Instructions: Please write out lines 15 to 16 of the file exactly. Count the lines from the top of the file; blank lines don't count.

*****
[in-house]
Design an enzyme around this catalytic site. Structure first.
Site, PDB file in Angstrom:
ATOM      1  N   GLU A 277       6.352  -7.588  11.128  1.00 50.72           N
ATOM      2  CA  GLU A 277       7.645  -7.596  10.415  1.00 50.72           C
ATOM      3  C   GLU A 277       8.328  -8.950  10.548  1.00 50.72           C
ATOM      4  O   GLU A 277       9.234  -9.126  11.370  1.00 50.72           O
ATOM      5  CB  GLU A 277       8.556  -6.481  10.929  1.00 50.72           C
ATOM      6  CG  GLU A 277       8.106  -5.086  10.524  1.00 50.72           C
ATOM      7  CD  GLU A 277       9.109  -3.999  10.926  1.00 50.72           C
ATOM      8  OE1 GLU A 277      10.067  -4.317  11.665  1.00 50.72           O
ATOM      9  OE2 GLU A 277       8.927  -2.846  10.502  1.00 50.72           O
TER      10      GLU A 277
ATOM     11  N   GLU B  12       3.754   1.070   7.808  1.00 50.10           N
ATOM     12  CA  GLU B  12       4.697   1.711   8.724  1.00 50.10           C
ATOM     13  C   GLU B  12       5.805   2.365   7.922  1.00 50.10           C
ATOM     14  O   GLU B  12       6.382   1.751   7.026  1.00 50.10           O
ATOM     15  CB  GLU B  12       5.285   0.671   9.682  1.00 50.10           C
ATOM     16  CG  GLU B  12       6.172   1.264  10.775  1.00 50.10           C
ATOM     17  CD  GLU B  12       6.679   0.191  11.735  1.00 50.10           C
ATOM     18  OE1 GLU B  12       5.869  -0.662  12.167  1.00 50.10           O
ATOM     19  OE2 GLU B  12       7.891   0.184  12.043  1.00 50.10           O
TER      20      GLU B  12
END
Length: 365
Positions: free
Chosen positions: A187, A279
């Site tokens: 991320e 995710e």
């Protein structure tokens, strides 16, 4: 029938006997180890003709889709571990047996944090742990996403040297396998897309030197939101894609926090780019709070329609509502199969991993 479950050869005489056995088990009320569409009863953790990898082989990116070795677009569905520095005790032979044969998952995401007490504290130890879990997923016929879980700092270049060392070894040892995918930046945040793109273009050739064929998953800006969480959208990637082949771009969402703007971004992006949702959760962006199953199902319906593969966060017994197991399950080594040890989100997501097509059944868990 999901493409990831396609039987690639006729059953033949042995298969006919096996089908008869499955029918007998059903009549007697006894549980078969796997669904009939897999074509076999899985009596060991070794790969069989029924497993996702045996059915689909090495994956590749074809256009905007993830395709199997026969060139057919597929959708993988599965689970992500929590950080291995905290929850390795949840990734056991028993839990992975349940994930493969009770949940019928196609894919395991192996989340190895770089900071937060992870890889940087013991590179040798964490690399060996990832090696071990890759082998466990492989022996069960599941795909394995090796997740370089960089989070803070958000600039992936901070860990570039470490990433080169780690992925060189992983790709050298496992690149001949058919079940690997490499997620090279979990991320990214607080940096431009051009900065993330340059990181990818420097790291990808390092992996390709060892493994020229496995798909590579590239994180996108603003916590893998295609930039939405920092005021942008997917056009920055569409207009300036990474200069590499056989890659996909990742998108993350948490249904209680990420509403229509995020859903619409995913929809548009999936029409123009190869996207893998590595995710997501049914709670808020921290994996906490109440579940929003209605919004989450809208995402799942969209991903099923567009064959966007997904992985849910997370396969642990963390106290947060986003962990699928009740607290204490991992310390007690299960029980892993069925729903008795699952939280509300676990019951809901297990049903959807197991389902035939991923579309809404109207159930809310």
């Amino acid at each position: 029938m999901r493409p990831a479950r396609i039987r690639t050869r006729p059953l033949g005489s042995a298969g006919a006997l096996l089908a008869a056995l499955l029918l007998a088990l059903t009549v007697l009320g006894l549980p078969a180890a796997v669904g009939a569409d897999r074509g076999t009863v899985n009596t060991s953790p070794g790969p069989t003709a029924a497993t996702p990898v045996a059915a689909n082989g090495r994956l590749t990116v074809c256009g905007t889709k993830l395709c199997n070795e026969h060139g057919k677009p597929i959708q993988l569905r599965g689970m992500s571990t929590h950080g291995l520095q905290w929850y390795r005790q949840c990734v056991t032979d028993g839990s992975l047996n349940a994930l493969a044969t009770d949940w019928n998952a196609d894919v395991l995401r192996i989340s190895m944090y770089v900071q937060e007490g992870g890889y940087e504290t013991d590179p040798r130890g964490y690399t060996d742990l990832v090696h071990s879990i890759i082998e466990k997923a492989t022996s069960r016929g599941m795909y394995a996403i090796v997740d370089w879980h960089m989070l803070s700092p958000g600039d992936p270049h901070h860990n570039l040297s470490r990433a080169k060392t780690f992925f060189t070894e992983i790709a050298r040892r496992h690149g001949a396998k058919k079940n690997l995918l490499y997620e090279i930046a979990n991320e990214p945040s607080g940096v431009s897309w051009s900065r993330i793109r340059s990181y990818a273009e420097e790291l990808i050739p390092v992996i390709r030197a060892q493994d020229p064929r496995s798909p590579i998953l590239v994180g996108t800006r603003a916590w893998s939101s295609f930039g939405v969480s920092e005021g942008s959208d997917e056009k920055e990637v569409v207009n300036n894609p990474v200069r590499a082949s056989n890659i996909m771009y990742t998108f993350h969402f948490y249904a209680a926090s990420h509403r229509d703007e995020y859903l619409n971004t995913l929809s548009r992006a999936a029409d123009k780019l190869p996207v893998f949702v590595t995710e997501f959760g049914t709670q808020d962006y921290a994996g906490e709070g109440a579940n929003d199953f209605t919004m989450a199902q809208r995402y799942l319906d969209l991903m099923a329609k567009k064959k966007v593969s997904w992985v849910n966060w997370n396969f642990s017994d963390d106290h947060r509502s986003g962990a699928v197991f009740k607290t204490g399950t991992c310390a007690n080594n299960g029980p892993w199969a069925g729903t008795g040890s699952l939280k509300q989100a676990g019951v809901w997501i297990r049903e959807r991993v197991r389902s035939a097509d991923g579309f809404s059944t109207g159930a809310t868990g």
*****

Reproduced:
ATOM     12  CA  GLU B  12       4.697   1.711   8.724  1.00 50.10           C
ATOM     13  C   GLU B  12       5.805   2.365   7.922  1.00 50.10           C